The Art of Taking a Break

There are good days and there are bad days. I don’t care if you have a chronic illness, like me, or if you are perfectly healthy, normal, and well adjusted. This is a fact. There are good days and there are bad days.

For me, a bad day could mean that I am in a perfectly good mood, but that the physical side of things isn’t going so well. Such was yesterday. My mindset was just fine. I’m moving forwards in my various projects, I’m pleased with my ideas and plans for the future, and I’m just fine with being at home. My rheumatoid arthritis was acting up though, making it feel like I was swimming through jello while walking. The fatigue that accompanies this disease was up as well, and my appetite was accordingly low. Things were a bit tough.

As much as I wish that my positive outlook on life could get me through those tough times, I have to acknowledge that I just can’t do everything I want, all the time. There are going to be days, like yesterday, when the normal things in life are much harder. And you know what? That’s okay.

It’s not the end of the world to say I won’t get everything done. Nothing is that urgent. I need to pace myself and focus on what’s important, then put the other things off until later.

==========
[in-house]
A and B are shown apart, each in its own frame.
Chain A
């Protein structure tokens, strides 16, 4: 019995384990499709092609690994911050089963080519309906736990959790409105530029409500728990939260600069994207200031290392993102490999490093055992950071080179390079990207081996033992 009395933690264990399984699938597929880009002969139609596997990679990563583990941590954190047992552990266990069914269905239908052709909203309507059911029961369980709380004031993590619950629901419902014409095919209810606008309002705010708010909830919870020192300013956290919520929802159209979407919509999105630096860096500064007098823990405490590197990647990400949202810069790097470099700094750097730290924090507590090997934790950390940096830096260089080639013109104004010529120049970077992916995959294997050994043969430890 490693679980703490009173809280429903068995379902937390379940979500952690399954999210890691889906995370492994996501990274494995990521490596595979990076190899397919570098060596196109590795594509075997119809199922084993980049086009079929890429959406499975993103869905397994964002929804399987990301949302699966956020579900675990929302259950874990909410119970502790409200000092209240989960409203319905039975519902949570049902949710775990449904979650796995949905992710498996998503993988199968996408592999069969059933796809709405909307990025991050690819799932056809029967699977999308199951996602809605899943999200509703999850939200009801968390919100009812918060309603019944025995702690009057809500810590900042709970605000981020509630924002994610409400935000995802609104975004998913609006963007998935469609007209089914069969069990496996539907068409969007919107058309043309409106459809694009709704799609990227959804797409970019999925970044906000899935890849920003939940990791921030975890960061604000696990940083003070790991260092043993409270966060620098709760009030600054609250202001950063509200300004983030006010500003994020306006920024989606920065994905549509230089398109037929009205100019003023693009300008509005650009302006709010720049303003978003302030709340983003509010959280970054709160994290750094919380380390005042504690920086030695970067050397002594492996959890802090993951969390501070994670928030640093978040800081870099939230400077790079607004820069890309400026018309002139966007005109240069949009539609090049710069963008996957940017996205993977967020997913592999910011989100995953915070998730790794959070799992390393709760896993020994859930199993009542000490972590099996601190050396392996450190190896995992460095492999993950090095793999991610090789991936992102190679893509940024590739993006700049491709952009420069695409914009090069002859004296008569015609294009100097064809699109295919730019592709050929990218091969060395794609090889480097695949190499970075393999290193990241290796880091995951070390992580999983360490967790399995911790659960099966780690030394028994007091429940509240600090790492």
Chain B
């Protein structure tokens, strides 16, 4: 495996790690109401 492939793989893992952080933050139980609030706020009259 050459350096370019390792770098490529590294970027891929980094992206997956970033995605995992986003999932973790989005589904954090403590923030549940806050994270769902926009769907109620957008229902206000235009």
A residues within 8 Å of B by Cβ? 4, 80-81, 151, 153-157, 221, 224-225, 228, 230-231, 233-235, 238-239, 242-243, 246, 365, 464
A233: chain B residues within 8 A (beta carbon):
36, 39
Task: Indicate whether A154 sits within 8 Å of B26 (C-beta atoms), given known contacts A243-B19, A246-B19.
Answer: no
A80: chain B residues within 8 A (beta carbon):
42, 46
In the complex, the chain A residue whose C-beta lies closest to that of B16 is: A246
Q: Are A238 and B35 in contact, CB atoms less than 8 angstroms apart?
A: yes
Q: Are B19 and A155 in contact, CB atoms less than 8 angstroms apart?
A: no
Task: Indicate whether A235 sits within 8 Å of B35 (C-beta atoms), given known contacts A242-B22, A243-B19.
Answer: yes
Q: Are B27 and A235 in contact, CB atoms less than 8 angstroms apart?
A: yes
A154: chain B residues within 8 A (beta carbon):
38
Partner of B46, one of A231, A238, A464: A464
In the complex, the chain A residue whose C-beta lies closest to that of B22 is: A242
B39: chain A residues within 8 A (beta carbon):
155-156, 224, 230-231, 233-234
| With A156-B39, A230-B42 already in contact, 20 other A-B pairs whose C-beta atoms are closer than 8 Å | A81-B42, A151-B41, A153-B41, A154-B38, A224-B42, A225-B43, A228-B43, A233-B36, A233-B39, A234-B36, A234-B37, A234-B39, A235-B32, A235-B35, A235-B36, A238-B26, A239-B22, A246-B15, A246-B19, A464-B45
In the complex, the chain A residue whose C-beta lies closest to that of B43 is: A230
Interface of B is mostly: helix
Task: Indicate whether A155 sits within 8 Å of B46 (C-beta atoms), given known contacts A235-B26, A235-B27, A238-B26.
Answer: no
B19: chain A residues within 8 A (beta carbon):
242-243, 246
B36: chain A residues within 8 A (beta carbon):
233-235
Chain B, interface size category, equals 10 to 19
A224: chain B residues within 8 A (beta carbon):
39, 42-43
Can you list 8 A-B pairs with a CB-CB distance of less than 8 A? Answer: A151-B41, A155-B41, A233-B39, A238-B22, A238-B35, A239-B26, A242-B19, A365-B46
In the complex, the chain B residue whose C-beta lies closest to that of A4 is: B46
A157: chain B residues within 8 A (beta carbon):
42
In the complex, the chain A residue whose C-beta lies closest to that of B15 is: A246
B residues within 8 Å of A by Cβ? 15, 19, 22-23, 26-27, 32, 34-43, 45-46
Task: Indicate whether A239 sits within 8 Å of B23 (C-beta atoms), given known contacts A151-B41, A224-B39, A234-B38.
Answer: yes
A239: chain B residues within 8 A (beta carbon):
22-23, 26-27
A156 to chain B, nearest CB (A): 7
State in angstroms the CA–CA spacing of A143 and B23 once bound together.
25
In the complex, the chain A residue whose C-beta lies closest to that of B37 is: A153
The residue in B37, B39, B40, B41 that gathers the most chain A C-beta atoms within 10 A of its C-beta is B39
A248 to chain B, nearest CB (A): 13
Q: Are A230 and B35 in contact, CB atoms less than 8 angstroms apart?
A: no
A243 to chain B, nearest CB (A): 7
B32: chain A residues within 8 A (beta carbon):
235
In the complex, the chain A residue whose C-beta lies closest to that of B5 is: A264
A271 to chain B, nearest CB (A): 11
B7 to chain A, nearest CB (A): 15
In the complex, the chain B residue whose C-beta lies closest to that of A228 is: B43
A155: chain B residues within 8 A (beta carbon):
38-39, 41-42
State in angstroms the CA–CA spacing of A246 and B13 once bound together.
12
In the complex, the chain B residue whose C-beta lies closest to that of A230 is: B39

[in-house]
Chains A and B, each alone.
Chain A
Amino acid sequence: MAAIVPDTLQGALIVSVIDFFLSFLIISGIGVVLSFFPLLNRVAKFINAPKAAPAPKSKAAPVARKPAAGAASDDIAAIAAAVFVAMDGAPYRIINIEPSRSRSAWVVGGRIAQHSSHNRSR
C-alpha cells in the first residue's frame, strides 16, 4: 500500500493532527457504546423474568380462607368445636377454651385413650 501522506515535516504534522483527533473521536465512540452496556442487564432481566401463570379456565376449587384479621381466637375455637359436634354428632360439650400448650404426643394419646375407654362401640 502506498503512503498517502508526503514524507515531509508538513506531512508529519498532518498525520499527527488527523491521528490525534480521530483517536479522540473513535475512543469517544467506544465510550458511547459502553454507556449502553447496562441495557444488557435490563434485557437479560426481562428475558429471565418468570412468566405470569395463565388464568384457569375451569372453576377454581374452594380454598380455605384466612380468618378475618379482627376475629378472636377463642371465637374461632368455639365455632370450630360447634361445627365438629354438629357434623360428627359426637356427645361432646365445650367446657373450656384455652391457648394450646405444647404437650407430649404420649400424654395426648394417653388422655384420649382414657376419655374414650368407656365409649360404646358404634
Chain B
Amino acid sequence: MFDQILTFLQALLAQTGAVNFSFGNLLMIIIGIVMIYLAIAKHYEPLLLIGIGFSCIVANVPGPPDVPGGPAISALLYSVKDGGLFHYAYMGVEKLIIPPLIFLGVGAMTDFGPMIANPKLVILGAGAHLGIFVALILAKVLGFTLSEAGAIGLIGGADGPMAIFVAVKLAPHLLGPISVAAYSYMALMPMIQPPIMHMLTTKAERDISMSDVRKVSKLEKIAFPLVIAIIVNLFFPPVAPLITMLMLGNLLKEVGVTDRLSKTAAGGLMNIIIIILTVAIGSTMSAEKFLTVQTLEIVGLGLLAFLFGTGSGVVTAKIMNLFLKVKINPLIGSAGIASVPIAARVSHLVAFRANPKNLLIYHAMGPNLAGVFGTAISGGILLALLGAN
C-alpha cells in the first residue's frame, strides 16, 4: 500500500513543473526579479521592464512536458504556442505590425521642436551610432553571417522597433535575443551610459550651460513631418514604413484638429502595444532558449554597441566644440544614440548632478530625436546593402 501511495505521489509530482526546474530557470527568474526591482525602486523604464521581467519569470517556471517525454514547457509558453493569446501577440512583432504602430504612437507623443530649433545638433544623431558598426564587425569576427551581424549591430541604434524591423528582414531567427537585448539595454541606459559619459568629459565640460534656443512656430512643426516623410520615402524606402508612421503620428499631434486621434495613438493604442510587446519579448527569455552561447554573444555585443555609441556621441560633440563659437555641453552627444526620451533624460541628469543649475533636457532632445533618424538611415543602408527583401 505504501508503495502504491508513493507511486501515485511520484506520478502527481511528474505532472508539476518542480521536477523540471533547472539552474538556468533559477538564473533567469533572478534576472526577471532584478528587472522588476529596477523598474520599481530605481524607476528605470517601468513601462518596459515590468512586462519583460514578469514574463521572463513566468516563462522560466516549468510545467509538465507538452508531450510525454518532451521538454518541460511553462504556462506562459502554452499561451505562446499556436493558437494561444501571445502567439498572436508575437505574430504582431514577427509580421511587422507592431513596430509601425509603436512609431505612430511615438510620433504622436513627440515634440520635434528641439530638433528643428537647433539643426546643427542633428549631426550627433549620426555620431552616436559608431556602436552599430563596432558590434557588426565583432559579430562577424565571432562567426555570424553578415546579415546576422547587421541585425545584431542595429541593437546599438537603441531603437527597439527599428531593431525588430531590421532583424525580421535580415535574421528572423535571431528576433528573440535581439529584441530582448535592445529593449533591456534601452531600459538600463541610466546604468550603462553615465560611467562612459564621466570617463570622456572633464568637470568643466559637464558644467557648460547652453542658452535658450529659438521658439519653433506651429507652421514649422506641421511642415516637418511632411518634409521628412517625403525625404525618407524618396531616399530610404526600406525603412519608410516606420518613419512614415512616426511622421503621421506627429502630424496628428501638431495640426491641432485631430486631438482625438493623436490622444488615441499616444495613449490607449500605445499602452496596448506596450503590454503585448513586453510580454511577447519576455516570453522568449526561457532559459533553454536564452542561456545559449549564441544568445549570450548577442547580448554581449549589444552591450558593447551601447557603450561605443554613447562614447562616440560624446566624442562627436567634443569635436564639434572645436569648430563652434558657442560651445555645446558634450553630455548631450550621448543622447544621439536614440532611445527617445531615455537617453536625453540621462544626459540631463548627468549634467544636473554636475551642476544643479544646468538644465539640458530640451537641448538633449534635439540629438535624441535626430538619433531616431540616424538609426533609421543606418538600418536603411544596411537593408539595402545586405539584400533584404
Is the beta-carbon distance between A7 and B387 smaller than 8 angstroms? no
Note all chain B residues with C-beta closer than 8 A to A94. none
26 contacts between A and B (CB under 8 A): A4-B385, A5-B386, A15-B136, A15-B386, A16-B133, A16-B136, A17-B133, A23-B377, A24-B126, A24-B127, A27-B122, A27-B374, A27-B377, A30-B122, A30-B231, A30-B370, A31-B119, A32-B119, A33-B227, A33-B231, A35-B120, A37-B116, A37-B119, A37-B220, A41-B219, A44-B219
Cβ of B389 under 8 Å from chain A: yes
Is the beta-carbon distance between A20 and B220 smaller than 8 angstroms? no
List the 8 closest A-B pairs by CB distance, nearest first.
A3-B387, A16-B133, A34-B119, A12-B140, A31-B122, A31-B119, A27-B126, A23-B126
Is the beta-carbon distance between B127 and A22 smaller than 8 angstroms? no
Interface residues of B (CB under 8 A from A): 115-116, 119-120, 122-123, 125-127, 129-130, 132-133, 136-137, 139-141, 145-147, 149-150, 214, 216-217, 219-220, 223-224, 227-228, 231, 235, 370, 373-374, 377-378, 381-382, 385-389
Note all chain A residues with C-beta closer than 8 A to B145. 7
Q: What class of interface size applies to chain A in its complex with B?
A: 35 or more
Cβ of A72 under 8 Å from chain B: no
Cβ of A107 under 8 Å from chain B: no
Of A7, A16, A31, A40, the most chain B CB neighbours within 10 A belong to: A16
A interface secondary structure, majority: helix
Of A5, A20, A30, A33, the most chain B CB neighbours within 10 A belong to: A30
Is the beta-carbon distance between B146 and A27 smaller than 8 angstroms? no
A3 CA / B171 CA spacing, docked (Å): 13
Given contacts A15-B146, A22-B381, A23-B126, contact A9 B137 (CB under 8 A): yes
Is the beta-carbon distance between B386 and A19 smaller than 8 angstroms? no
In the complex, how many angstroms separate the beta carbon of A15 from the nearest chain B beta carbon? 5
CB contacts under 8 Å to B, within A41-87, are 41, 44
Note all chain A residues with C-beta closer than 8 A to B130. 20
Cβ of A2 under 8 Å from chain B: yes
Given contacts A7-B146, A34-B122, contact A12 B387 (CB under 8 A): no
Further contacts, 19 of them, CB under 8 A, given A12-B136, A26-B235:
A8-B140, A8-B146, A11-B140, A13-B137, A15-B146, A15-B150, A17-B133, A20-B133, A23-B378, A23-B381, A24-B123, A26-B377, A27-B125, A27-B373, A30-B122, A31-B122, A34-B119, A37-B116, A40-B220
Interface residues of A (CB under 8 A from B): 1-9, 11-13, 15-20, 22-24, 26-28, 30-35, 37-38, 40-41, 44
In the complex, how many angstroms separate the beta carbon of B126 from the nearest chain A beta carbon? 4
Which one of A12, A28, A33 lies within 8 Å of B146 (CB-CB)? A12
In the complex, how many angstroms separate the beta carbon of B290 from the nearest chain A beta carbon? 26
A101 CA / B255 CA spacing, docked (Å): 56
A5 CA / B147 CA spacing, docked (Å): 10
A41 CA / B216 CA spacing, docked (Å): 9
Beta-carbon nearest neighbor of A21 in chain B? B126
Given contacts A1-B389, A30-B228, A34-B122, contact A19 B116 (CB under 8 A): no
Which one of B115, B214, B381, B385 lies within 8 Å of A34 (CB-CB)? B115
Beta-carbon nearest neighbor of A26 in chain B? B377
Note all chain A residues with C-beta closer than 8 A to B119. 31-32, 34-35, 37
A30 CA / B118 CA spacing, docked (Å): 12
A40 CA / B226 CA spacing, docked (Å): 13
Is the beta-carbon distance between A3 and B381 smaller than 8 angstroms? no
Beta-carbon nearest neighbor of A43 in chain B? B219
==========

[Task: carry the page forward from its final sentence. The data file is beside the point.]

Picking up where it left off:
So I took a break.

It was wonderful. I was able to sort of nap/doze while letting my brain relax. I was’nt pushing myself beyond my limits. I was taking a breath. And it felt really, really nice.

Did it solve my problems forever? No, of course not. But it did give me enough extra energy to get through the rest of the day, even if the rest of the day was just eating dinner and relaxing with a documentary instead of collapsing in bed and sleeping through.

I think sometimes we forget that the world will not end if we don’t get everything done. We’re taught from a young age that we must have assignments or tasks done as quickly as possible, or grades and work will suffer–and we will thereby suffer. But imagine what would happen if we took a less frenetic approach to things. If we allowed time for breathing and relaxing. How much more productive would we be? How much more at ease with outselves and the world around us?

It seems like something to think about.